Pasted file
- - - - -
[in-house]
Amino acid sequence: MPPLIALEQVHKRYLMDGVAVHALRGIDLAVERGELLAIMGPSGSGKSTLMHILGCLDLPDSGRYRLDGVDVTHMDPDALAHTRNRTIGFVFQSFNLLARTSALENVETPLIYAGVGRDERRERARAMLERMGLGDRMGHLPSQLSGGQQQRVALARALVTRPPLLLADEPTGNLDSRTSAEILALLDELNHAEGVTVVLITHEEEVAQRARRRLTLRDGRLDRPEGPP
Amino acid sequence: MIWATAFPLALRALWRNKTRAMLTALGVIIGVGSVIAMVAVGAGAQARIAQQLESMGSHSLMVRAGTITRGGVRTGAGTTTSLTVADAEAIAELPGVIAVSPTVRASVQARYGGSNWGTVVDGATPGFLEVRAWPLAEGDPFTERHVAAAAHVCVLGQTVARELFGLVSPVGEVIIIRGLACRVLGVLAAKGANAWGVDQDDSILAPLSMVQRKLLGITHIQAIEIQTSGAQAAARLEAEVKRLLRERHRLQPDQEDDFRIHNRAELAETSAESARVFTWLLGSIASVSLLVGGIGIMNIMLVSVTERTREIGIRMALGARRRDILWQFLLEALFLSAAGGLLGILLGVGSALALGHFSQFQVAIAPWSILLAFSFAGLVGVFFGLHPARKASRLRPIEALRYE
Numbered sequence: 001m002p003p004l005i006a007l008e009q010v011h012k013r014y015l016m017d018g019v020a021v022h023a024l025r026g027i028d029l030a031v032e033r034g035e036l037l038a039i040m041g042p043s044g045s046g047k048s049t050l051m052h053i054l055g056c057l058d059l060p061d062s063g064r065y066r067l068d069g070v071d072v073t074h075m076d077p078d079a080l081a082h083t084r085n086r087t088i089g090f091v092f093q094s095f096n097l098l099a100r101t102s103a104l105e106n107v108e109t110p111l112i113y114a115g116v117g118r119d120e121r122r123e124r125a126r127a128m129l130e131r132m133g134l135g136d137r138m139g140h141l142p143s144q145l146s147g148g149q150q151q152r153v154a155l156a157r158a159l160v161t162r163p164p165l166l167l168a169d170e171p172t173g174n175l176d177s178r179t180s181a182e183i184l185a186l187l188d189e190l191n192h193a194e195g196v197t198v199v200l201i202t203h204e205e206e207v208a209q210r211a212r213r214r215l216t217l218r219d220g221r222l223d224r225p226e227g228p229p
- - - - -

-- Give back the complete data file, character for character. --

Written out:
[in-house]
Amino acid sequence: MPPLIALEQVHKRYLMDGVAVHALRGIDLAVERGELLAIMGPSGSGKSTLMHILGCLDLPDSGRYRLDGVDVTHMDPDALAHTRNRTIGFVFQSFNLLARTSALENVETPLIYAGVGRDERRERARAMLERMGLGDRMGHLPSQLSGGQQQRVALARALVTRPPLLLADEPTGNLDSRTSAEILALLDELNHAEGVTVVLITHEEEVAQRARRRLTLRDGRLDRPEGPP
Amino acid sequence: MIWATAFPLALRALWRNKTRAMLTALGVIIGVGSVIAMVAVGAGAQARIAQQLESMGSHSLMVRAGTITRGGVRTGAGTTTSLTVADAEAIAELPGVIAVSPTVRASVQARYGGSNWGTVVDGATPGFLEVRAWPLAEGDPFTERHVAAAAHVCVLGQTVARELFGLVSPVGEVIIIRGLACRVLGVLAAKGANAWGVDQDDSILAPLSMVQRKLLGITHIQAIEIQTSGAQAAARLEAEVKRLLRERHRLQPDQEDDFRIHNRAELAETSAESARVFTWLLGSIASVSLLVGGIGIMNIMLVSVTERTREIGIRMALGARRRDILWQFLLEALFLSAAGGLLGILLGVGSALALGHFSQFQVAIAPWSILLAFSFAGLVGVFFGLHPARKASRLRPIEALRYE
Numbered sequence: 001m002p003p004l005i006a007l008e009q010v011h012k013r014y015l016m017d018g019v020a021v022h023a024l025r026g027i028d029l030a031v032e033r034g035e036l037l038a039i040m041g042p043s044g045s046g047k048s049t050l051m052h053i054l055g056c057l058d059l060p061d062s063g064r065y066r067l068d069g070v071d072v073t074h075m076d077p078d079a080l081a082h083t084r085n086r087t088i089g090f091v092f093q094s095f096n097l098l099a100r101t102s103a104l105e106n107v108e109t110p111l112i113y114a115g116v117g118r119d120e121r122r123e124r125a126r127a128m129l130e131r132m133g134l135g136d137r138m139g140h141l142p143s144q145l146s147g148g149q150q151q152r153v154a155l156a157r158a159l160v161t162r163p164p165l166l167l168a169d170e171p172t173g174n175l176d177s178r179t180s181a182e183i184l185a186l187l188d189e190l191n192h193a194e195g196v197t198v199v200l201i202t203h204e205e206e207v208a209q210r211a212r213r214r215l216t217l218r219d220g221r222l223d224r225p226e227g228p229p